What makes my tutoring unique

I've read more than 50 books and incorporated the results of 27 of them into my instruction during the 10 years I've spent as a full time tutor offering at-home tutorials in Westchester and Greenwich. I've developed a unique and valuable tutoring approach that helps both students and parents. 

01

In Person, At Home Tutoring

An in-person tutorial demands an attention that cannot be replicated online, though remote tutorials are also available.

02

I am Easy to Work With

I am dependable and I am prompt. I send thorough emails and accept all major forms of payment including credit card with no 3% fee.

03

Personalized Student Attention

Student complete Character Sheets to organize their lives and design a system for achieving their big goal while keeping track of progress.

What Have Others Said About Starling Tutoring?

Do you prefer to hear what other parents and students have said about Daniel Starling’s tutoring? Explore stories on the reviews page.

Let's get nerdy

While most of the books I've implemented help students, the book that has resulted in the largest improvement in student achievement must be implemented by parents. Parents agree to grant autonomy and control to the student over school work then play three essential roles for their student.

Consultant

Consultants only provide advice when they've been asked to do so. Instead of offering an unsolicited opinion, settle for asking "Do you want another angle on that?" You can even create your own office hours.

Cheerleader

Your student should know that you have faith and confidence in their natural abilities as well as the skills they've worked hard to acquire. Tell your student "You have a brain in your head, and you want your life to work."

Safe Home Base

So long as students prioritize what's important and try their best, they should always be able to return to a safe place at home where they can recover and prepare for the next day.

Personality Tests

Learn about Gretchen Rubin's The Four Tendencies Test and what you should do about your student's results using the timestamp below in the video above.

Obligers (2:33)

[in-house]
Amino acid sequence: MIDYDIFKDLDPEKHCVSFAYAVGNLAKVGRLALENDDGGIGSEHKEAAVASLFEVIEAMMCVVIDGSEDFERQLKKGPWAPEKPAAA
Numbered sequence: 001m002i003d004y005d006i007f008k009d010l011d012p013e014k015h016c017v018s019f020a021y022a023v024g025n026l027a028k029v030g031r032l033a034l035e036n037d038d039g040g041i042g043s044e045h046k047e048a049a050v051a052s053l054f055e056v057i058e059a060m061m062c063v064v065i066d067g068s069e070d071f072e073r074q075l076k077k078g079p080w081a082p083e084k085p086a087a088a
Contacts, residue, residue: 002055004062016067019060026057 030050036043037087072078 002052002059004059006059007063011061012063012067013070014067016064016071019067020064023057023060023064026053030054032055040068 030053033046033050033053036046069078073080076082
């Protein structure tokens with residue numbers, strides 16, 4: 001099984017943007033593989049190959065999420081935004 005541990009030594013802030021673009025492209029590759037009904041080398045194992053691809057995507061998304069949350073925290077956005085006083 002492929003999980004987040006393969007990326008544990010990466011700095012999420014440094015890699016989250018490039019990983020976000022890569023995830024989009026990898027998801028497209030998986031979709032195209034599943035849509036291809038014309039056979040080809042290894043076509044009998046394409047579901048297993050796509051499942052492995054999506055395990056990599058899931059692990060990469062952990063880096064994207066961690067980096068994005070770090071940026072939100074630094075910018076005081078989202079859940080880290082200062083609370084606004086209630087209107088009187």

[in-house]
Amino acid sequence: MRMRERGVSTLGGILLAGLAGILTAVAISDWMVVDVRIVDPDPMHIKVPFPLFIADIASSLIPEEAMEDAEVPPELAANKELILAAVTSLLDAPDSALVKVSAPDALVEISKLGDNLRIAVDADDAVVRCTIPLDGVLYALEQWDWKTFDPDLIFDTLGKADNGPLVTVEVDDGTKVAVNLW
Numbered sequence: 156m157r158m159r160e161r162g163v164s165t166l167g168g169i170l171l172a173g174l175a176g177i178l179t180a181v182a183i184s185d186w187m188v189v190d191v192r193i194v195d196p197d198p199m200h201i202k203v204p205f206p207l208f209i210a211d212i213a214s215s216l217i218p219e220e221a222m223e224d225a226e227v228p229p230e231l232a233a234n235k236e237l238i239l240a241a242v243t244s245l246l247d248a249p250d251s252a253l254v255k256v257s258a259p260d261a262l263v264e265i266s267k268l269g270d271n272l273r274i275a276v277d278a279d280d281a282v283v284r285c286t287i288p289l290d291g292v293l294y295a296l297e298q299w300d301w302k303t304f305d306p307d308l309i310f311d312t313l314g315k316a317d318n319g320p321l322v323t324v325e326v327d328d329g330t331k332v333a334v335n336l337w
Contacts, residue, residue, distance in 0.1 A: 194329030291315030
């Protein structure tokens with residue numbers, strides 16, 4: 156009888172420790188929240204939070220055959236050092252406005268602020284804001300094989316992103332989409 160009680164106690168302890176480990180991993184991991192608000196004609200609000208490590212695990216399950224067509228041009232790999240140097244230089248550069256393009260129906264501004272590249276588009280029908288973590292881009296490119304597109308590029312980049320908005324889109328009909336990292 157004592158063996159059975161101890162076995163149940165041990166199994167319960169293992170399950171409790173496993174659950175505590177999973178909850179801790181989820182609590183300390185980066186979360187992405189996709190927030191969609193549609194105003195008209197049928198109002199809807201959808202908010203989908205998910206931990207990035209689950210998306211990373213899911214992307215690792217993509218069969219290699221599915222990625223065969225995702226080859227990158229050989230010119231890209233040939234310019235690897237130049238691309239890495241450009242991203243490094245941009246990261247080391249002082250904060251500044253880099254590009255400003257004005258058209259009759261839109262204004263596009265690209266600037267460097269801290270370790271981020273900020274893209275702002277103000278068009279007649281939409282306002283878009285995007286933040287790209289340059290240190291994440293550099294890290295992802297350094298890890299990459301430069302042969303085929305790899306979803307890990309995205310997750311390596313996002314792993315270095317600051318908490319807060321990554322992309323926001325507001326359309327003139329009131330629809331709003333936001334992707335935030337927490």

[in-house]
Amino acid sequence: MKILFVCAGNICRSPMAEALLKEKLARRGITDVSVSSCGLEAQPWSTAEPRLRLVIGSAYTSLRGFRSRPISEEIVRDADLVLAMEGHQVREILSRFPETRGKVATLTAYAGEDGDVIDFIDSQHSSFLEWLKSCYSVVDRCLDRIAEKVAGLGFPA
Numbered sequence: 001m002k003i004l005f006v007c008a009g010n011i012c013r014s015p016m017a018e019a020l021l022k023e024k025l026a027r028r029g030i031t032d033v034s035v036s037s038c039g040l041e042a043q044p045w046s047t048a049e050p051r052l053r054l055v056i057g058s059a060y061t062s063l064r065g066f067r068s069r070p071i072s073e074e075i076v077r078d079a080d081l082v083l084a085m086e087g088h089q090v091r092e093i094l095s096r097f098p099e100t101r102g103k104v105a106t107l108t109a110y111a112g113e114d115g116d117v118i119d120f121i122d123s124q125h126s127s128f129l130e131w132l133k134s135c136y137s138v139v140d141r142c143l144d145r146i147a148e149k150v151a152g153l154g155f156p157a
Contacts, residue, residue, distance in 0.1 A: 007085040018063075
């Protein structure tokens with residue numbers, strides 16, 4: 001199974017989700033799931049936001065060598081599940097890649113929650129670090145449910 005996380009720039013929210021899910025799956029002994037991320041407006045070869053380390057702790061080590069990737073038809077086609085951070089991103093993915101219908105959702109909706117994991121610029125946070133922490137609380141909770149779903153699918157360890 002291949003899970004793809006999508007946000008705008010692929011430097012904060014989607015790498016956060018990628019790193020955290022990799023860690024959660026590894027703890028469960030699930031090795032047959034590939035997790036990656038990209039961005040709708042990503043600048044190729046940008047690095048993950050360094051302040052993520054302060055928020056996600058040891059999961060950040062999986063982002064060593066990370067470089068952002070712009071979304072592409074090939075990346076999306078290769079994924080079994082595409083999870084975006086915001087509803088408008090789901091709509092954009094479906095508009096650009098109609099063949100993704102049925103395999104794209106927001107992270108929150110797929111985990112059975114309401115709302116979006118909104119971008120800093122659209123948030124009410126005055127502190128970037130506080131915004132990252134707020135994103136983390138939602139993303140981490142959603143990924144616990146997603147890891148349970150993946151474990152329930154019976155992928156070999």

Obligers readily meet external expectations but find it difficult to meet internal expectations when they lack a system of external accountability. They can be prone to burn out in the form of obliger rebellion, which is a phenomenon worth avoiding.

Questioners (4:08)

Questioners will only agree to perform a task if they feel satisfied with the reasons for doing so. They frequently ask why and their least favorite answer is "This is the way we've always done it." Ironically, questioners hate being questioned.

Rebels (4:53)

Rebels value freedom and choice and they like to do things their way. They rarely agree to go along with the group, instead preferring to find a unique solution. They are the group most likely to agree with the statement "May the bridges I burn light the way."

Upholders (6:12)

Upholders respond both to external and internal expectations. They tend to believe rules are there for a reason and value fairness. Upholders do not like to stray from the plan they've made even when they'd like to be more flexible.

My Mission

EMPOWER STUDENTS
TO ACHIEVE LIFE'S GOALS

Where to?

About

Details of service and this year's rates

Students

Expectations and the student character sheet

SAT and ACT

The most important test in high school

Get in touch

First, may I know a bit about the student?
School Details
Now, may I first know a bit about the parent?
Physical Address
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